Slow expireover (again)

Heath Kehoe hakehoe at
Mon May 24 14:39:47 UTC 2004

Hash: SHA1

On May 24, 2004, at 7:42, Bill Davidsen wrote:
> The problem is really that the whole expire is probably a bad idea at
> current volumes. Old articles accumulate all day and then we try to
> clean up all at once. That may have made sense in the days when the
> system was idle from 2-6am in most places, but it dosen't see to fit
> now. In the long run trying to improve it is a band-aid, like coding a
> bubble sort in assembler. Like the leap from file-per-article to CNFS,
> to get an order of magnitude improvement you need to change WHAT you 
> do,
>   not HOW you do it.
> I think it's time for a radical rethink of history and overview. The
> idea of overview in a database is appealing, but other than trying it I
> am just not able to even guess if it would be fast enough. I have some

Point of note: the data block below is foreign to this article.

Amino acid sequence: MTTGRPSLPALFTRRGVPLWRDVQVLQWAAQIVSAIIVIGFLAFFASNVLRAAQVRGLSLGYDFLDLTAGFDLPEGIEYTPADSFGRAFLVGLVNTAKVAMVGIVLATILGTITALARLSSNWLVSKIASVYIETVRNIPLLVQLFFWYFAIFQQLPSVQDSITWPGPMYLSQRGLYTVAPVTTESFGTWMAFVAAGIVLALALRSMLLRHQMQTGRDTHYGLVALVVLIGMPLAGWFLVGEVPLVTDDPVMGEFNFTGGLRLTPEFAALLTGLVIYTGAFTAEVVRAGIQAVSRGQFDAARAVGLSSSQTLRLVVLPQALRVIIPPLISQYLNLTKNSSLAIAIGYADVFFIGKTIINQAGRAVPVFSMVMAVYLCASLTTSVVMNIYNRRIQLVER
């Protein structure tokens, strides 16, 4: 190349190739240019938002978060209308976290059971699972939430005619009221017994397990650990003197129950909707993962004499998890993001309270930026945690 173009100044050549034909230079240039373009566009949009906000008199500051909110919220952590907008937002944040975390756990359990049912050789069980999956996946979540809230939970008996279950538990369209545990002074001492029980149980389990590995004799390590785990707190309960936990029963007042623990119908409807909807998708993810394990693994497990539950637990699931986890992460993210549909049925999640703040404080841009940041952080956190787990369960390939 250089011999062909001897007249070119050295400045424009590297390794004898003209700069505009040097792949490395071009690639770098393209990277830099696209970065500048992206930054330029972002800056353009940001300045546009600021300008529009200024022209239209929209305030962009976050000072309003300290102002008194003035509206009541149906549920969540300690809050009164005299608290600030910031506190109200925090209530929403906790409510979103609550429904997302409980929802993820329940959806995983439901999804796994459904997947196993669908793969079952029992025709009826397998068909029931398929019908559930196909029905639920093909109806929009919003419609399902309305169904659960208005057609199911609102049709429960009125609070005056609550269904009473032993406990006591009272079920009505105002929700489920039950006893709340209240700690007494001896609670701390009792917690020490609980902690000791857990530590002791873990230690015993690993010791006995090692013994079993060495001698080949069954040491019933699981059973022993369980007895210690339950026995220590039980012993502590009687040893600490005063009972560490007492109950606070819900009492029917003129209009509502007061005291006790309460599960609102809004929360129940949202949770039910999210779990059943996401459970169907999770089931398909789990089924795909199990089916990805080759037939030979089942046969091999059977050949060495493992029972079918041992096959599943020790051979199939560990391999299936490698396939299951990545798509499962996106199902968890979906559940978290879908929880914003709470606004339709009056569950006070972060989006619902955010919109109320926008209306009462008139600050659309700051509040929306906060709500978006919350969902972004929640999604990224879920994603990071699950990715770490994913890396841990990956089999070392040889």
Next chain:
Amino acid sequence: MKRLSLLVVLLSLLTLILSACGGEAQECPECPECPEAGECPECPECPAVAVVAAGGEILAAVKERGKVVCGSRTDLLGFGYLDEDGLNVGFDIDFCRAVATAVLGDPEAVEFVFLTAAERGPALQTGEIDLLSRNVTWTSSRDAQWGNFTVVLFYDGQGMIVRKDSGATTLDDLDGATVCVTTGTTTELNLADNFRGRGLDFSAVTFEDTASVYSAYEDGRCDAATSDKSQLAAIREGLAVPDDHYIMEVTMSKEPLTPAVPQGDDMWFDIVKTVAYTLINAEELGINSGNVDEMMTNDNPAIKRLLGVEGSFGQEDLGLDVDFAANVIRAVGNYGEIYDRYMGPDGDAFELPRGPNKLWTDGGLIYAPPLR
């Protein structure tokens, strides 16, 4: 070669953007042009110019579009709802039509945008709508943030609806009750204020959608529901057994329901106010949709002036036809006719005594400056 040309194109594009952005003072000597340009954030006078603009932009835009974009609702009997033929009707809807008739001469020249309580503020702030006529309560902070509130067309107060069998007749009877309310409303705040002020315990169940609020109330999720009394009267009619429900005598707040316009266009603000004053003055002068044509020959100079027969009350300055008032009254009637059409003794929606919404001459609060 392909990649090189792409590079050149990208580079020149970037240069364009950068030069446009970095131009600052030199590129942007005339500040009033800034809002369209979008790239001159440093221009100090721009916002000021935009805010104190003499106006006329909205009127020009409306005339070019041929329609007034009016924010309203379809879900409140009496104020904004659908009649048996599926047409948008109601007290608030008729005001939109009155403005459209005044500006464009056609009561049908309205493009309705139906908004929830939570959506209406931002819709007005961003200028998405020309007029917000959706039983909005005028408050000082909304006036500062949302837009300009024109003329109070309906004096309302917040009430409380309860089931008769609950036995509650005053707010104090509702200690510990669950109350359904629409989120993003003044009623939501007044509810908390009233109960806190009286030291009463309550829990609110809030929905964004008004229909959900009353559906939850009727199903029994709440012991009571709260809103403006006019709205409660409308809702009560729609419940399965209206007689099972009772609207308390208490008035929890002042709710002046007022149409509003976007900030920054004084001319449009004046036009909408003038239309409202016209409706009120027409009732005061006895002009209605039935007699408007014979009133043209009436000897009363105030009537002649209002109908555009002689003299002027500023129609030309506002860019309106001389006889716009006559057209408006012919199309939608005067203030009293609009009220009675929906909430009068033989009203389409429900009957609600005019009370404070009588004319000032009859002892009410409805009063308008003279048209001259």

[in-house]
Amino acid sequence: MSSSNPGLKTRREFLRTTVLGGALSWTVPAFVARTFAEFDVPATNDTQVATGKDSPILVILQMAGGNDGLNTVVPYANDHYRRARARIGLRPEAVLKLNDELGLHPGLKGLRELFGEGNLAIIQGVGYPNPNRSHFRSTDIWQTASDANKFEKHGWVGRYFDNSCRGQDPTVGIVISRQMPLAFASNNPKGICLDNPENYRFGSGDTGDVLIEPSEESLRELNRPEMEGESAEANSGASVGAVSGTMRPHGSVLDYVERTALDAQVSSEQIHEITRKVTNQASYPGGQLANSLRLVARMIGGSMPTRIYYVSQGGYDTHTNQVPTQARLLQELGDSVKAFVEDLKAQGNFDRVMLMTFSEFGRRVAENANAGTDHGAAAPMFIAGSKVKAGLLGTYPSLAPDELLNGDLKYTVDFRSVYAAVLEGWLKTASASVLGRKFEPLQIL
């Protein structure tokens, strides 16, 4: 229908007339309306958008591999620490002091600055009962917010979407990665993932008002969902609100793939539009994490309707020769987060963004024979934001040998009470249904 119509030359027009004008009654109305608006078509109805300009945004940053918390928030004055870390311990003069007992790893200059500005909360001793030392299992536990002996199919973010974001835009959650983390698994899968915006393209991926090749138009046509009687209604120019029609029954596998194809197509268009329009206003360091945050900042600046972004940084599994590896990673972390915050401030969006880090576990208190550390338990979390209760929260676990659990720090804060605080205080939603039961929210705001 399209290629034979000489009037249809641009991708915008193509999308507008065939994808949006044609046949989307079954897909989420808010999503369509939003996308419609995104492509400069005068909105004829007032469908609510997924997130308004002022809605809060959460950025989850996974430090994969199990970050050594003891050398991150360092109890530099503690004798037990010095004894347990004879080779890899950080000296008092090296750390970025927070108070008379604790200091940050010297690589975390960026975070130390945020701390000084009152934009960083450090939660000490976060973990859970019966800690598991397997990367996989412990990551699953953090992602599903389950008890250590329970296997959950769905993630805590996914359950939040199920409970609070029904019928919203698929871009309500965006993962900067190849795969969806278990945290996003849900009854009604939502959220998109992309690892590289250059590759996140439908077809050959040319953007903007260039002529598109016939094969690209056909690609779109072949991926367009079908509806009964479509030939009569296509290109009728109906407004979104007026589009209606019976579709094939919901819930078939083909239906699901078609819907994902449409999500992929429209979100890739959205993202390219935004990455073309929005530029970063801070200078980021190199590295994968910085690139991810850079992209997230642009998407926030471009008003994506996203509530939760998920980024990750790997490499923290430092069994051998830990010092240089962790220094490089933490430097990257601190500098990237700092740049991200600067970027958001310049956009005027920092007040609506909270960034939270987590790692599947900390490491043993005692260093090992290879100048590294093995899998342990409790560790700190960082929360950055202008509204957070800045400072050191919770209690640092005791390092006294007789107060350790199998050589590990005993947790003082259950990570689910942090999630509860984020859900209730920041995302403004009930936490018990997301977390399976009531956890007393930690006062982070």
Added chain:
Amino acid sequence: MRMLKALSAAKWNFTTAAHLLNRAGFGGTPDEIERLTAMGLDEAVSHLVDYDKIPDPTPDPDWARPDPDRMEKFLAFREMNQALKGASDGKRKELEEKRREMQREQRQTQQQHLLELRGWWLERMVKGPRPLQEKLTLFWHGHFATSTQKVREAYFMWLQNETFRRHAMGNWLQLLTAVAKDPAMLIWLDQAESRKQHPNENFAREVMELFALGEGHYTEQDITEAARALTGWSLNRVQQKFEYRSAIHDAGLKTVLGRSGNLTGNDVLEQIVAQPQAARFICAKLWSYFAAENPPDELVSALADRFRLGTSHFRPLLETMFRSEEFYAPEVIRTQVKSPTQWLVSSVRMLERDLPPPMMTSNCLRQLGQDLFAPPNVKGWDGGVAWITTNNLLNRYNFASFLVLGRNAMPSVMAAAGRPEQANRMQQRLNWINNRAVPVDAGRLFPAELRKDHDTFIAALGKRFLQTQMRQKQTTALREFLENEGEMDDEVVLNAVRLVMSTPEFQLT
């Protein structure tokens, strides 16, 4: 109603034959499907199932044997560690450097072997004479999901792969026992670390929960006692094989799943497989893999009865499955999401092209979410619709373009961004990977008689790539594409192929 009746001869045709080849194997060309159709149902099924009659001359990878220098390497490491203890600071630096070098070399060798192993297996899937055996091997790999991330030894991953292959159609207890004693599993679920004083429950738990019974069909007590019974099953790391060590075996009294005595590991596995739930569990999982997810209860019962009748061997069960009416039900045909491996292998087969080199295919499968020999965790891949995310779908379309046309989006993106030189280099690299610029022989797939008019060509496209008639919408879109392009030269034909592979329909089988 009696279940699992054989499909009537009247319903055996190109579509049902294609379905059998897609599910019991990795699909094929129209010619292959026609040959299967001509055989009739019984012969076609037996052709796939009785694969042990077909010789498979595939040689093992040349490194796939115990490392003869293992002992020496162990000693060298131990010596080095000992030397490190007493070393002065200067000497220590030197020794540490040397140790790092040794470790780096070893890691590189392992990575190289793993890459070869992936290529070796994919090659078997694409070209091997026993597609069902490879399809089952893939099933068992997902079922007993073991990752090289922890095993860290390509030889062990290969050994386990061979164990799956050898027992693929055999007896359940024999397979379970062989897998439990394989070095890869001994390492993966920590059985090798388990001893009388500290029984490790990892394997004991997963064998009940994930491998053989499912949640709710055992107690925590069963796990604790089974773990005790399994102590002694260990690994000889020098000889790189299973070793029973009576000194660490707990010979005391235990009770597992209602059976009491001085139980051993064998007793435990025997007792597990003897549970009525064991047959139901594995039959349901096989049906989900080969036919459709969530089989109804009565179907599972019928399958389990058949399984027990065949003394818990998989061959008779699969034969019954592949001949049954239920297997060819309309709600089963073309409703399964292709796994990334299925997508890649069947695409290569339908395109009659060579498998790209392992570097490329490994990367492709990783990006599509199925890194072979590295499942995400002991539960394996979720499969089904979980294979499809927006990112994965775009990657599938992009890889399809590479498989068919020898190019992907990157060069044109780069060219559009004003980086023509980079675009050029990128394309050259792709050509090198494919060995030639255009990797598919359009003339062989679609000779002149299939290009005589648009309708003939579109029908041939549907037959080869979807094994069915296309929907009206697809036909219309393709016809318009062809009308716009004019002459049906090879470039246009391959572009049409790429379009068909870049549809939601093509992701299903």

> ideas on history, but until I find some time they will be just ideas.
> Hopefully in the next 6-12 months I will have time to try them.

I've been considering writing a history storage method to put
history in a BerkeleyDB database. This could be integrated with
ovdb, withthe goal of combining the expire and expireover operations
into one.

On my all-CNFS server with 15M history lines, nearly 19M overview keys,
and group-based-expiry off; the expire takes 14 minutes, but the
expireover takes several hours.  If I extend history enough so that
when a token is removed from history (either from a cancel or the expire
run) the corresponding overview entries can be efficiently removed as
well: you wouldn't need a separate expireover run.

Once expire and expireover are combined, the next step might be to
make expiration a continuous process, instead of a batched operation.
Perhaps tie it in somehow with the self-expiring storage methods, such
that the storage method notifies the expire daemon when an article
expires (if that can be done without too much of a hit to performance).

- - h
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